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Still Watching the Skies: Episode 40 “The Invisible Man”

Posted on Dec 3, 2017 by | 0 comments

Robert, Nat, and Cody take a journey back to the early days of the talkies, and prior to the Hayes Code, with 1933’s THE INVISIBLE MAN. It’s a classic of Universal’s horror films and from James Whale.

The Invisible Man

It’s safe to say that there’s not much disagreement with the conventional wisdom on this film, but we talk about it at length. Plus a Cinecast tradition of mispronounced names lives on! You have to listen to find out who is continuing that tradition. We give much plaudits to Claude Rains as the deranged Invisible Man who reminds us of another famous villain. We also discuss the life and filmography of James Whale. (We’d be remiss in not noting that Director’s Club has a recent episode dedicated to James Whale which you can find here.)

The Invisible Man

In particular, we discuss how James Whale identifies with the outsider. And James Whale’s eccentricities are on full display in THE INVISIBLE MAN which goes a ways to justify The Invisible Man’s misanthropy. If that’s not enough, we get into the morality of the tale and the objections that H.G. Wells’s had to the adaptation.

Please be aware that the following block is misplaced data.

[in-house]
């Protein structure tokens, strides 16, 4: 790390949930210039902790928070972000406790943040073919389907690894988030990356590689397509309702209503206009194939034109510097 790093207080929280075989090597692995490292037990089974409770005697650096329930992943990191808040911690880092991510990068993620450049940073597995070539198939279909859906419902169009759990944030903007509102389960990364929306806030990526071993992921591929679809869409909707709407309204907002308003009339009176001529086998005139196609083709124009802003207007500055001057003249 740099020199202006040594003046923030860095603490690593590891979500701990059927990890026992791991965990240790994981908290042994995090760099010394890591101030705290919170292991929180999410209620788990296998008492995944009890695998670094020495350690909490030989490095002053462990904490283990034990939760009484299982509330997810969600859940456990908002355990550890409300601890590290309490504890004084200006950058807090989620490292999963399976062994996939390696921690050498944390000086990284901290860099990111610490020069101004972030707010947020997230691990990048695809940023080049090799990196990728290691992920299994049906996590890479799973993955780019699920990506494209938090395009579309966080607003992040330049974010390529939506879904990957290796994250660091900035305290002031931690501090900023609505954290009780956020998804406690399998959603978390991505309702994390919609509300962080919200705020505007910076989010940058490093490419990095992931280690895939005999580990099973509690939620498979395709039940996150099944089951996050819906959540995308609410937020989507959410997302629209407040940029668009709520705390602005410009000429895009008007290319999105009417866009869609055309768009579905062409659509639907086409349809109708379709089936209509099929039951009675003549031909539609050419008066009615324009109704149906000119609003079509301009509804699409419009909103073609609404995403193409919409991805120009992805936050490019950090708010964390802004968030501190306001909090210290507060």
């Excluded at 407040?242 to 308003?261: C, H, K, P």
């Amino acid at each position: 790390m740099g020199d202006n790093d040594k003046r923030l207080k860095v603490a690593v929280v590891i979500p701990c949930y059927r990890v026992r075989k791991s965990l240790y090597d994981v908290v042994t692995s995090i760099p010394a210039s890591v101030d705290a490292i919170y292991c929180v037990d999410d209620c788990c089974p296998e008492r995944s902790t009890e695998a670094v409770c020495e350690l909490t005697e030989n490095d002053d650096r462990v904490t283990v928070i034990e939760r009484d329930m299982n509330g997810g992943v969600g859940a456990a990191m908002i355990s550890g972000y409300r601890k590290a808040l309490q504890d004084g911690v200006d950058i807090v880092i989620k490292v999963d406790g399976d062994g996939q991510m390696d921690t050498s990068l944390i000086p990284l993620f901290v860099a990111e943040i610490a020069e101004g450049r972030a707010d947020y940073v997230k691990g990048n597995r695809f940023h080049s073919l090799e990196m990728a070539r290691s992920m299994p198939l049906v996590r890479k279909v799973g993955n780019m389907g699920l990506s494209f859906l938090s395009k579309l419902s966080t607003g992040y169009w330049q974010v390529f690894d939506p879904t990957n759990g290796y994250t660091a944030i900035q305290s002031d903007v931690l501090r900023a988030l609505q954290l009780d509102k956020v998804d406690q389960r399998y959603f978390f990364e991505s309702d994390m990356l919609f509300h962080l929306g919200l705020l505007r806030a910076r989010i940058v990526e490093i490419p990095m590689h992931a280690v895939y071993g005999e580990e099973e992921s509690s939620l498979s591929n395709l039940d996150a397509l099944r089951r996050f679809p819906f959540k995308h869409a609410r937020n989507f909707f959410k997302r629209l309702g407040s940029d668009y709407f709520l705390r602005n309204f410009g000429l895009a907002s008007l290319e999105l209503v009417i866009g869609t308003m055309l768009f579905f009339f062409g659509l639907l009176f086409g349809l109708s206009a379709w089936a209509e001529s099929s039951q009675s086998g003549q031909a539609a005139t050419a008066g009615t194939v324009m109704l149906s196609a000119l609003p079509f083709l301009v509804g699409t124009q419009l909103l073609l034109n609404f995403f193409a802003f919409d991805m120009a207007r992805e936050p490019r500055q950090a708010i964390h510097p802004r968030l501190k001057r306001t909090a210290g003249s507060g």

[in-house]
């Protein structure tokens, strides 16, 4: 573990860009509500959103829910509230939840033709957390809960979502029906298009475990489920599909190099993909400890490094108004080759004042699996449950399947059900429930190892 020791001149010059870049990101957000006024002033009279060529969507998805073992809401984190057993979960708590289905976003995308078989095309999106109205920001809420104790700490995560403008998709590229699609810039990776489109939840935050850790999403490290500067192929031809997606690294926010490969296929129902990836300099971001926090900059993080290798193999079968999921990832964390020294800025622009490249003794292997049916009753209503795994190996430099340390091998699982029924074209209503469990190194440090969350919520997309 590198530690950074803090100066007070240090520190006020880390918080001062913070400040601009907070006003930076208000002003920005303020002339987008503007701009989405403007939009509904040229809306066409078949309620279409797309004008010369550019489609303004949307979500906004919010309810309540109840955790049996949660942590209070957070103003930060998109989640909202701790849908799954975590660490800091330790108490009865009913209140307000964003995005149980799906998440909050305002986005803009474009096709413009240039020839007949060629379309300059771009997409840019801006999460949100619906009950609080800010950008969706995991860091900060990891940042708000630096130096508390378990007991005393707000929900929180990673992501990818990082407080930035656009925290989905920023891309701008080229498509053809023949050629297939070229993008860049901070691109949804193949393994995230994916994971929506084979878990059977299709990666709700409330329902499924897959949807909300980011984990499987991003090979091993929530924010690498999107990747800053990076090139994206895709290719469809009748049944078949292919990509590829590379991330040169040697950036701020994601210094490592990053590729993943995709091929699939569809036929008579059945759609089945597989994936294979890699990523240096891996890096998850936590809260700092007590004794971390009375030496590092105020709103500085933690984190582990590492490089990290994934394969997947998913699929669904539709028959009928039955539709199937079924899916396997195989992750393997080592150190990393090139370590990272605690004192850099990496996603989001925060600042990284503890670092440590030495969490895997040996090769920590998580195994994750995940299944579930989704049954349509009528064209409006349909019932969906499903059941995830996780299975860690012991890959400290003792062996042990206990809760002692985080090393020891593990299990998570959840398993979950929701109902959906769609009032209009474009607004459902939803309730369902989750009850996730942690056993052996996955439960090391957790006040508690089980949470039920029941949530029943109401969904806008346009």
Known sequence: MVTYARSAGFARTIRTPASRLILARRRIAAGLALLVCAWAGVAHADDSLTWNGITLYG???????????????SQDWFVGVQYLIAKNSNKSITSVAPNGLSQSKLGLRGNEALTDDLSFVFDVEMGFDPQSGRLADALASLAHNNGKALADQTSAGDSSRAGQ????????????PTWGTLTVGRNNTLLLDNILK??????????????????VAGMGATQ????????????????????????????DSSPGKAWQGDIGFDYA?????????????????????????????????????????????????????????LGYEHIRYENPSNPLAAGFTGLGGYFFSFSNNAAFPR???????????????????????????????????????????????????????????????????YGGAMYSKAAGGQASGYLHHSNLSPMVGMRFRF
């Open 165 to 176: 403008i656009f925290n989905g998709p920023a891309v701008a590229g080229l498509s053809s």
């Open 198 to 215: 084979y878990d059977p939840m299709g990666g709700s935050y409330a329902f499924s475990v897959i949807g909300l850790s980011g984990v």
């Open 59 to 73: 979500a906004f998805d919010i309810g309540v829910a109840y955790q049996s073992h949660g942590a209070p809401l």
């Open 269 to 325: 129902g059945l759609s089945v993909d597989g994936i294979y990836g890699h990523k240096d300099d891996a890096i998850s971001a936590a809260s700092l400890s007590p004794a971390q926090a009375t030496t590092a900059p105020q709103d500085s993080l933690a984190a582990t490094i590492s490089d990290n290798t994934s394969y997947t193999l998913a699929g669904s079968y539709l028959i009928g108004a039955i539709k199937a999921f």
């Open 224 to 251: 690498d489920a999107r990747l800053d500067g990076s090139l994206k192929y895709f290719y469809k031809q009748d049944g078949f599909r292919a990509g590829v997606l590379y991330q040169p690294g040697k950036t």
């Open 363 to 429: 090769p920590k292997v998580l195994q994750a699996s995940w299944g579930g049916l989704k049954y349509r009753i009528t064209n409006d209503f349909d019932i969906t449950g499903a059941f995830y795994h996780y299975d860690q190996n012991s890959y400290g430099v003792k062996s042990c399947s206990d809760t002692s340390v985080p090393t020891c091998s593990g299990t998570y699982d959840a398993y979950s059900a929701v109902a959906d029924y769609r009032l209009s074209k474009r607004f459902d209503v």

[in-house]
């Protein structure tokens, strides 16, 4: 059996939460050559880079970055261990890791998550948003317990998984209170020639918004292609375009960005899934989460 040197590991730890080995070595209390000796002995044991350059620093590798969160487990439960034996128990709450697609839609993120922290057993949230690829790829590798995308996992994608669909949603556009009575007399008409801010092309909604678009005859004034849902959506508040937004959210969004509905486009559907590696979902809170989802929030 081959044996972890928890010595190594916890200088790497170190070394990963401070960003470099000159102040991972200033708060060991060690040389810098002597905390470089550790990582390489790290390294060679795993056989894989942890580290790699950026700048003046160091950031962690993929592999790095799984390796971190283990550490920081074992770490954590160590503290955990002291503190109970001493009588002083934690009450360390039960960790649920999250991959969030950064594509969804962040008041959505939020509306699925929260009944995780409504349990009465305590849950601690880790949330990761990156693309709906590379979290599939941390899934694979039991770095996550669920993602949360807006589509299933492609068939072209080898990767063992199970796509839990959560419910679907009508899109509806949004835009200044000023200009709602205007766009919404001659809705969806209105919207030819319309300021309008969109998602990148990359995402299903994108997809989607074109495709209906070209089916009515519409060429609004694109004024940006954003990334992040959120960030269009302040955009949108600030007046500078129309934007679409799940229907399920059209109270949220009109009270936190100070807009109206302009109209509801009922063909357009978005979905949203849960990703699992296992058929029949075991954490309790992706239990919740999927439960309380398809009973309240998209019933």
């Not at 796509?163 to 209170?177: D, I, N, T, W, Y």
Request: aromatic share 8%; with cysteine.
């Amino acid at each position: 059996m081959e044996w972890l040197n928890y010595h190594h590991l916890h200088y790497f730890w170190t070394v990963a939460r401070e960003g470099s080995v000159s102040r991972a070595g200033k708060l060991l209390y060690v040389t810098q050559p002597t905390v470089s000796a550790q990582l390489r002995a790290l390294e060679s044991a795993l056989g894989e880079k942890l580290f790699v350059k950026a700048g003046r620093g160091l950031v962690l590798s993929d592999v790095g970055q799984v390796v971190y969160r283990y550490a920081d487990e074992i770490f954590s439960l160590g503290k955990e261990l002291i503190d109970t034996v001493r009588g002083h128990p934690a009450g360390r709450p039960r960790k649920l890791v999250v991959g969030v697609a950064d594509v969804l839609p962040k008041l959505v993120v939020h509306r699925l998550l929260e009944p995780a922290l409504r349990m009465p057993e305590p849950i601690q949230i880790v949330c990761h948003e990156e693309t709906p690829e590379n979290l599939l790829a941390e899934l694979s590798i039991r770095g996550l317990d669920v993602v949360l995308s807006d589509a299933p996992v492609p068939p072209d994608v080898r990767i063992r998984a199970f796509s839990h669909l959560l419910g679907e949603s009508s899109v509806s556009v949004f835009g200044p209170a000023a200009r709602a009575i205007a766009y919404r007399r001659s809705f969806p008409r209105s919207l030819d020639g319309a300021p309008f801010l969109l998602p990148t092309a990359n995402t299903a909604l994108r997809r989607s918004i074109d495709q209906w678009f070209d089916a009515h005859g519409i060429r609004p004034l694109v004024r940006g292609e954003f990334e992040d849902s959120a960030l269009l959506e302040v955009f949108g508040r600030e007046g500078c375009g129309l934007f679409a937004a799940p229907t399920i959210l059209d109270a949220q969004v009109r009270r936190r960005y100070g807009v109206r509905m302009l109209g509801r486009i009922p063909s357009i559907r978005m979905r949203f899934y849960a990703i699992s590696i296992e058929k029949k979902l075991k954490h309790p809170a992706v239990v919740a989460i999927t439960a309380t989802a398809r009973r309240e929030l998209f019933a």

The Invisible Man

If that’s not enough, we spend the second half of the episode with Zach Snyder’s and Joss Whedon’s JUSTICE LEAGUE. It’s fair to say that we all had a lot of problems with the film amidst some highlights. We also geek out over the direction that the post-credits scene promises and at least have some positive hopes for future endeavors of live action DC on film. At least if you’re willing to wade through some pointed criticism.

So, try not to disappear on us. You can give us a play below or Download the episode. Also, feel free to let us know what you think by commenting below or Email Us at [email protected] as we appreciate feedback.

Next month, we journey back to New Zealand and the humble beginnings of the director of one of the biggest franchises on the planet with Peter Jackson’s BAD TASTE. Is this perhaps the most disreputable film ever directed by an eventual Best Director winner? You’ll have to tune in next month to find out.


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Robert Reineke
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